This note is occasioned by John McWhorter’s piece in the NY Times, basically praising Clarence Thomas as a thinker who has been too easily dismissed.
While I agree with Mr. McWhorter on some subjects, I think he is very wrong on this one. And his mistake is the same one made by other people about other public figures.
First about Clarence Thomas:
- He is someone who has received help every step of his career, but who has nonetheless declared himself self-made. His autobiography is emphatic to the point of absurdity on the subject.
- His general philosophy is heavily influenced by that mythology. Like many other pseudo-self-made people (there are admittedly more rich than poor of them), he asserts “I did it, so can anyone else who has what it takes.” No one should be asking government for help. That he sincerely believes this does not make it either true or admirable.
- Despite his self-delusions, he has not achieved his success as a thinker. He has achieved success as a propagandist for power. His ideas, however well or badly thought-out, are irrelevant to his current position. He is a tool in the Koch organization’s (and Republican party’s) battle plan. The position being propagated is simple and convenient: we just don’t have to care.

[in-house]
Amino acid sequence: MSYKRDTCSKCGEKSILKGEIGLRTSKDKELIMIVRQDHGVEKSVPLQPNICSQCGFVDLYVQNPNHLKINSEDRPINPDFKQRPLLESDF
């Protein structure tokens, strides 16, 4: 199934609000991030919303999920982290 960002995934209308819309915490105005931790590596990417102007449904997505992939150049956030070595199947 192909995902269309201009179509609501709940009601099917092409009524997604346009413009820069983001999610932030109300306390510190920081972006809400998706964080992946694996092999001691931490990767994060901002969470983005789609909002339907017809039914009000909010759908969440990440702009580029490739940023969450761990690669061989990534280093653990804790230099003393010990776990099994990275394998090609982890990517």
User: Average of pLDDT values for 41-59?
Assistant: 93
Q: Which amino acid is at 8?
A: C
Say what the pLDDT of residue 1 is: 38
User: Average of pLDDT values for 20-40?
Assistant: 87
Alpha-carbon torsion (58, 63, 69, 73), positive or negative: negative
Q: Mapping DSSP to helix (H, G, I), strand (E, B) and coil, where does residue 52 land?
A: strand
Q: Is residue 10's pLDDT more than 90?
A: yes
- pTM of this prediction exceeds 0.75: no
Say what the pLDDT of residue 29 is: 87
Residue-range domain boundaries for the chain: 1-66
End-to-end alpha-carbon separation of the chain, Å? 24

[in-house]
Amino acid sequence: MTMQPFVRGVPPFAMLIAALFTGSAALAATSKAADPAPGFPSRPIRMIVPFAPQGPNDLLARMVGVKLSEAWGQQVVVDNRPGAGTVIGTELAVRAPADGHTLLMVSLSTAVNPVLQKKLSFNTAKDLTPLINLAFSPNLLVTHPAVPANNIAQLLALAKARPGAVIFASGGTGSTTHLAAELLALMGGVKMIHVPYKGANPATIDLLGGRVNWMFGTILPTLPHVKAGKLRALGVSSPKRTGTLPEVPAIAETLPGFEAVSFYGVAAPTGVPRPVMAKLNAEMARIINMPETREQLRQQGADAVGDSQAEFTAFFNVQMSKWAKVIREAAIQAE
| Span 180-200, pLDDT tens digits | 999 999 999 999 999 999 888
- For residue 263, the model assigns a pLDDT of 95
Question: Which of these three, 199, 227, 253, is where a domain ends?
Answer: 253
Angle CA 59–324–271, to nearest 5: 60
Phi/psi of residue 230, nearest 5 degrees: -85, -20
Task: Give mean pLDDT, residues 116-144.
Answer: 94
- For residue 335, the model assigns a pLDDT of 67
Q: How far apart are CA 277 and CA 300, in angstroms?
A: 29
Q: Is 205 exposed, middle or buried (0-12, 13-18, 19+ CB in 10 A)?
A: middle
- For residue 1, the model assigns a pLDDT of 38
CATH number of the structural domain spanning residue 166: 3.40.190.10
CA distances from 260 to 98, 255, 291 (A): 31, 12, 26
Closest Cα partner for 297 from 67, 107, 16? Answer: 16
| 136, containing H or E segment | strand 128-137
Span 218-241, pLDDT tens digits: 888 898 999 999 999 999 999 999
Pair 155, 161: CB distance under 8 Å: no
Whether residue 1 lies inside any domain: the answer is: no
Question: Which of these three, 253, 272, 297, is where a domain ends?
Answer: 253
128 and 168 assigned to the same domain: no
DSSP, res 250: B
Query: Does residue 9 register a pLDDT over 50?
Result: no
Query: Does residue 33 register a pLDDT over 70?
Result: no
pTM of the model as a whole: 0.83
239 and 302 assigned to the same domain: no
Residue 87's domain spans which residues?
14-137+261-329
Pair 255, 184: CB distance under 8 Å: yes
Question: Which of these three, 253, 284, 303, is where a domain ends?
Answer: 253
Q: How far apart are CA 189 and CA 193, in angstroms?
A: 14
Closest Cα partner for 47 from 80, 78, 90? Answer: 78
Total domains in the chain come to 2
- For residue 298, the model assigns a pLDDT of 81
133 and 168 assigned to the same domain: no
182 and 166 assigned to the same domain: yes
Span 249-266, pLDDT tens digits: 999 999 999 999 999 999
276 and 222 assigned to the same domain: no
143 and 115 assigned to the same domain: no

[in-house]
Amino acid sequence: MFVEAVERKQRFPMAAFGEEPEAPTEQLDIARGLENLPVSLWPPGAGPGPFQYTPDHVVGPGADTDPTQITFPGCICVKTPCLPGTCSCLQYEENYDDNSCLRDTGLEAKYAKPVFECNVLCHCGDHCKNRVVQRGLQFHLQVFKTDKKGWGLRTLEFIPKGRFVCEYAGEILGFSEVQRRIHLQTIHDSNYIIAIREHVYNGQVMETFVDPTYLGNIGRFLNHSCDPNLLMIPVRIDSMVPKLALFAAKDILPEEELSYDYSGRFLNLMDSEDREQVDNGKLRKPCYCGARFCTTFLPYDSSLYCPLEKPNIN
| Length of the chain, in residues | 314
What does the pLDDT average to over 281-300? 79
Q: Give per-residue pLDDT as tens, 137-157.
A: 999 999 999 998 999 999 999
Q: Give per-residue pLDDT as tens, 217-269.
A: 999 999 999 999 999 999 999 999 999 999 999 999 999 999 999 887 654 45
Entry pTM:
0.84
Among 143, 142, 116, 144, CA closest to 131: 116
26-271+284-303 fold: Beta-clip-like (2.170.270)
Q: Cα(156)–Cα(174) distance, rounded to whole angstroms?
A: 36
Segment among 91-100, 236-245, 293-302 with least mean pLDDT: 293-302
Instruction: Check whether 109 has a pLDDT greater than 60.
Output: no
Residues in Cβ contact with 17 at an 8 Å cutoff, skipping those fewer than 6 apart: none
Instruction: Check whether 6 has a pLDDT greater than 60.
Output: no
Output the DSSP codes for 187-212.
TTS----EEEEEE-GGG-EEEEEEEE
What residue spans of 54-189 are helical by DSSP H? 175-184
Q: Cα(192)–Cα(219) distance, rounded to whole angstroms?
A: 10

- Contrary to what you sometimes read in the papers, he has not driven the Supreme Court to its current position on the extreme right. That is a Koch-managed and funded enterprise that has put a succession of Federalist Society judges on the Court.
We should now talk more generally. There were places and times in the past when people seemed at least worried about selling out. That is, whether they were putting personal advantage above some notion of morality.
We are no longer at that place or time. In the United States (and elsewhere) today, there is no morality stronger than financial success. People don’t need to agonize anymore, because riches are proof of morality. That’s the Clarence Thomas problem, and he is far from the only example.
I’d even put Milton Friedman in that category (along with a good chunk of the Federalist Society). Milton Friedman was certainly capable of understanding the logical flaw in his argument: it’s okay to declare that corporations serve their stockholders—but only if someone else is minding the store. If those same corporations are also running government, then no one is minding the store. Instead he made himself a wealthy and respected genius, again as a propagandist for power.
No one should be venerating propagandists for power, no matter how sincere such people believe themselves to be.